Many internal communicators say they provide ethics counsel to their companies.

“You’re kind of the last one to say, ‘Are you sure you want to do this?’” one human resources director said. “I kind of view the role as sometimes the last common-sense checker.”

Others say that giving advice about ethics is not among their duties — and is even discouraged. One communication specialist said she lost her a previous job in health care after raising concerns about new medical procedures.

While goals are commendable, some internal communicators warned that the company values set out in orientations and communications need to be “who you are, not who you aspire to be.”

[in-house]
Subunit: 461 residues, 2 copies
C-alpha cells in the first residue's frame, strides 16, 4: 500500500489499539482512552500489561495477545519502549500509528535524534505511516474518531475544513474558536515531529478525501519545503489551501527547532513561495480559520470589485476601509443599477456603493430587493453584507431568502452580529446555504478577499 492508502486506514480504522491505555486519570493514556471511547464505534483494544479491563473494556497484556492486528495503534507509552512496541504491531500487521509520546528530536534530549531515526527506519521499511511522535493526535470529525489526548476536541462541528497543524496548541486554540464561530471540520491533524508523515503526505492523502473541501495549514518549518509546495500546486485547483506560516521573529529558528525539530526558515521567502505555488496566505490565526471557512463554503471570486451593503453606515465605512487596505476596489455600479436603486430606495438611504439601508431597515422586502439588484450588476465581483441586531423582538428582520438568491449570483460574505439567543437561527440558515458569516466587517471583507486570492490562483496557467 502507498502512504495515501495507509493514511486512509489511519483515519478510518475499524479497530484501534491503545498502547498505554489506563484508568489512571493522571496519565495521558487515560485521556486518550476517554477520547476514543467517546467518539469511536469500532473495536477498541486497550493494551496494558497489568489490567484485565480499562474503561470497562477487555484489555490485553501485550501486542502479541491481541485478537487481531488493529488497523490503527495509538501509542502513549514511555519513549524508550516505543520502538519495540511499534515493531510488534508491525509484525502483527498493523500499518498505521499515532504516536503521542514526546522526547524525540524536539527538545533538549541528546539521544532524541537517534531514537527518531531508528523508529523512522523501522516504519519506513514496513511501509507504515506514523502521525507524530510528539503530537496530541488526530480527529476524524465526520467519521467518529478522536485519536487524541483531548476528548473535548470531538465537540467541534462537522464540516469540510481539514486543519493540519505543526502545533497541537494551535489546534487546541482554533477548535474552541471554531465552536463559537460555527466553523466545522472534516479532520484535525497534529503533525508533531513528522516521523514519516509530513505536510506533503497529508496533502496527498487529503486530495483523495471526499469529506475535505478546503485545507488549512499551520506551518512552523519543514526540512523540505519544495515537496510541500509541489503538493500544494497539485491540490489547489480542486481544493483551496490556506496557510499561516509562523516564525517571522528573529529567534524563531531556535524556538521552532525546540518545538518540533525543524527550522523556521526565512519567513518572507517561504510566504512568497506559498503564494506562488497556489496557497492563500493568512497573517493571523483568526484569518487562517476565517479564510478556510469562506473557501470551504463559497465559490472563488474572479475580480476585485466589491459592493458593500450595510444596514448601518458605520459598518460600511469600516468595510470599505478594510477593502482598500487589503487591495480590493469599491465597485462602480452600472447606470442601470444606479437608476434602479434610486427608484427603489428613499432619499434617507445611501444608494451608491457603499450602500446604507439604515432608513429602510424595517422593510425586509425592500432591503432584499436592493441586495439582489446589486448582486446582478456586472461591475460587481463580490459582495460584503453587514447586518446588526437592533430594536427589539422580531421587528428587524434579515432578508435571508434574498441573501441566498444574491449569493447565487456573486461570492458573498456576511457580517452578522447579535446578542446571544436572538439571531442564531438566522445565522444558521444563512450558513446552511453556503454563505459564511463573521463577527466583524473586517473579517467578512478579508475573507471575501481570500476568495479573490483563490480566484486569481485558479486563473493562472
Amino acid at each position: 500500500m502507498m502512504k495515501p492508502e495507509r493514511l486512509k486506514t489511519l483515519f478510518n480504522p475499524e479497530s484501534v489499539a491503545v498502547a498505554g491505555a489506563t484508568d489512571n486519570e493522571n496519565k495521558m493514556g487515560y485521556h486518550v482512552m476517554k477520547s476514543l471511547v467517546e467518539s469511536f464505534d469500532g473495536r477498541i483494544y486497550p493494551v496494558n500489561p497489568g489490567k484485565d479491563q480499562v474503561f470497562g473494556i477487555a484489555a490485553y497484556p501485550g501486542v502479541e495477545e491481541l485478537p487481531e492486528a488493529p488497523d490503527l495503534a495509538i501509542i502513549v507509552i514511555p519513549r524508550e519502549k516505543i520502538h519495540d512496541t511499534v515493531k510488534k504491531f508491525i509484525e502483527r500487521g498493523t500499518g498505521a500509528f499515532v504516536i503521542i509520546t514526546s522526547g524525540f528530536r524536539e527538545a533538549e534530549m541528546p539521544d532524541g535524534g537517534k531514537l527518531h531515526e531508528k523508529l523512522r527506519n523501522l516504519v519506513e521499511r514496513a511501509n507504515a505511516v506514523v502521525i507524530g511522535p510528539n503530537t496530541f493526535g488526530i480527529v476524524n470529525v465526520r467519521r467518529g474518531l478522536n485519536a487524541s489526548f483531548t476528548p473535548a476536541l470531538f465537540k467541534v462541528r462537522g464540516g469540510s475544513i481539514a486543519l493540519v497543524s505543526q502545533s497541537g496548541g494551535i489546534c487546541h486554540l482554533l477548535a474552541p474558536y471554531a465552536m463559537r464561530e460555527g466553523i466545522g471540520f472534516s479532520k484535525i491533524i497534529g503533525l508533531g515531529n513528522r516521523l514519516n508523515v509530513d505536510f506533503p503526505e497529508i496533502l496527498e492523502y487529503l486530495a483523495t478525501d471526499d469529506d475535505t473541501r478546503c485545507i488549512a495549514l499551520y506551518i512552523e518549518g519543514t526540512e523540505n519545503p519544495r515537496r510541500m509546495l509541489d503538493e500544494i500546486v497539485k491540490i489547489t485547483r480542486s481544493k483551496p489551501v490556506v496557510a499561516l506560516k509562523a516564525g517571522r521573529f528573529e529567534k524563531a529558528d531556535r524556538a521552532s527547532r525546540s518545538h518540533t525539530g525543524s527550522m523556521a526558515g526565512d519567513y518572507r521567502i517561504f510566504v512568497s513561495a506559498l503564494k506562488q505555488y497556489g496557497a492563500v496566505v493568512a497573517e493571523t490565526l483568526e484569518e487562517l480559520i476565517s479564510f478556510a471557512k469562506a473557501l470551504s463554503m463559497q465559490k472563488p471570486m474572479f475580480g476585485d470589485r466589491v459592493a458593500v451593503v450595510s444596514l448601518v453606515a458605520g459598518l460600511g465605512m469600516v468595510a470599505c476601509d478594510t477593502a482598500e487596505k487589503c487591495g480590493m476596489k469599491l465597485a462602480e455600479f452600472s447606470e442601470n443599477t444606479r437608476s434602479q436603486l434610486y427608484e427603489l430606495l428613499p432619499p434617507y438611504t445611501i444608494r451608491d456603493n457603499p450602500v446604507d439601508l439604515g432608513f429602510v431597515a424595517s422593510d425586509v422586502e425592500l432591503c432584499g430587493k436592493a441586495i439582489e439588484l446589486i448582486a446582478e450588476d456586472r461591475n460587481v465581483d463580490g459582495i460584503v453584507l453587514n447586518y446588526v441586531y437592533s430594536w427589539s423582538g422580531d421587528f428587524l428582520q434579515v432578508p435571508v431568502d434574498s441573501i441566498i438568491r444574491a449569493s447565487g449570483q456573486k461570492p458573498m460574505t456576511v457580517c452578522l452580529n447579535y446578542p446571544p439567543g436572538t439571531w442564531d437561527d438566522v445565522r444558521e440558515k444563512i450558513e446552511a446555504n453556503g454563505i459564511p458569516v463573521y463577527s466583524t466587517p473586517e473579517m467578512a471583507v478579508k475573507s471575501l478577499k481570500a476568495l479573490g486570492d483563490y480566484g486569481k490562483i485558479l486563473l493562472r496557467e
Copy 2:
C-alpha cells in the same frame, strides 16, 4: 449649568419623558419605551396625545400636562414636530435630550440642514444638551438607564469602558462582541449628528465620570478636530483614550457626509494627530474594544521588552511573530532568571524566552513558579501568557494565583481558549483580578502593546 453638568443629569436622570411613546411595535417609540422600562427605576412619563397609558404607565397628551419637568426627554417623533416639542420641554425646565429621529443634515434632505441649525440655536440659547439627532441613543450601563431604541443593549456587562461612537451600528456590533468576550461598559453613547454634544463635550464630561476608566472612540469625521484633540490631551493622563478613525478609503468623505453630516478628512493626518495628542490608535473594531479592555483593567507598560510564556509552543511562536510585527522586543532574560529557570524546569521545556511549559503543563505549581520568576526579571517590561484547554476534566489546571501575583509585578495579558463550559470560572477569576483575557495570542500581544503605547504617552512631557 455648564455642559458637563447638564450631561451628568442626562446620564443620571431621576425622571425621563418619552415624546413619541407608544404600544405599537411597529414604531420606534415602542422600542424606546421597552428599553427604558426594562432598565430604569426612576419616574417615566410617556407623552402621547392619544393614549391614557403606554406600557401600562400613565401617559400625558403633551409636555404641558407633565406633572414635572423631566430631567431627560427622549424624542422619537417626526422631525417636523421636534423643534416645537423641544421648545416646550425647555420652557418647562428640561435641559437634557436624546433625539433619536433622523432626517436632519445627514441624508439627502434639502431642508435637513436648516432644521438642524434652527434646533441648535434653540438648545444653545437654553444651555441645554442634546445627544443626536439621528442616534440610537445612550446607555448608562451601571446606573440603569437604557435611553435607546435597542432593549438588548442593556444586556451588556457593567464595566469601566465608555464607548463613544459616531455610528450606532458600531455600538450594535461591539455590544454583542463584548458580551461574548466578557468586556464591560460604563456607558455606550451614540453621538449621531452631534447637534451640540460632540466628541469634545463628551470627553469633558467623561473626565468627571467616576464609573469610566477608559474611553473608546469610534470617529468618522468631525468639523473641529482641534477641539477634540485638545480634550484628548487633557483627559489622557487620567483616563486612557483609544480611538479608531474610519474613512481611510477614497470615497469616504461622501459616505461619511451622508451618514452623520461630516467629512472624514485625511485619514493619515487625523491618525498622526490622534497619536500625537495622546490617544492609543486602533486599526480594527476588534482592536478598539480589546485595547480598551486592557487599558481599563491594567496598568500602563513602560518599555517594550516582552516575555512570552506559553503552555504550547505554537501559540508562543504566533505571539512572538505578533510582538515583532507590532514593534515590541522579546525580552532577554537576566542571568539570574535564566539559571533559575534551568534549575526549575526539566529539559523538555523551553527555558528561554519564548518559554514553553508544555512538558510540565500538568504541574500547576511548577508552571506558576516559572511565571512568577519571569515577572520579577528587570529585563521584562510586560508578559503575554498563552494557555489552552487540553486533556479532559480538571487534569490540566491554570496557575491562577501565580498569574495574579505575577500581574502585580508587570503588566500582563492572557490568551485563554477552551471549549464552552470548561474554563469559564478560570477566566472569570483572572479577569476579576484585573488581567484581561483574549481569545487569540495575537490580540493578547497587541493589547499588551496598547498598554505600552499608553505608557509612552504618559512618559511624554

Said one internal communication consultant: "Some companies have way too many, and then some have aspirational values; they're not core. So there's a little bit of an eye roll."

*Executives interviewed worked in corporation; (37.5 percent); education/nonprofit organizations (31 percent); consulting agencies (19 percent); and government/military (12.5 percent). Represented are Arizona, California, Georgia, Illinois, Maryland, Massachusetts, Missouri, Mississippi, New York, Tennessee, Texas and the District of Columbia.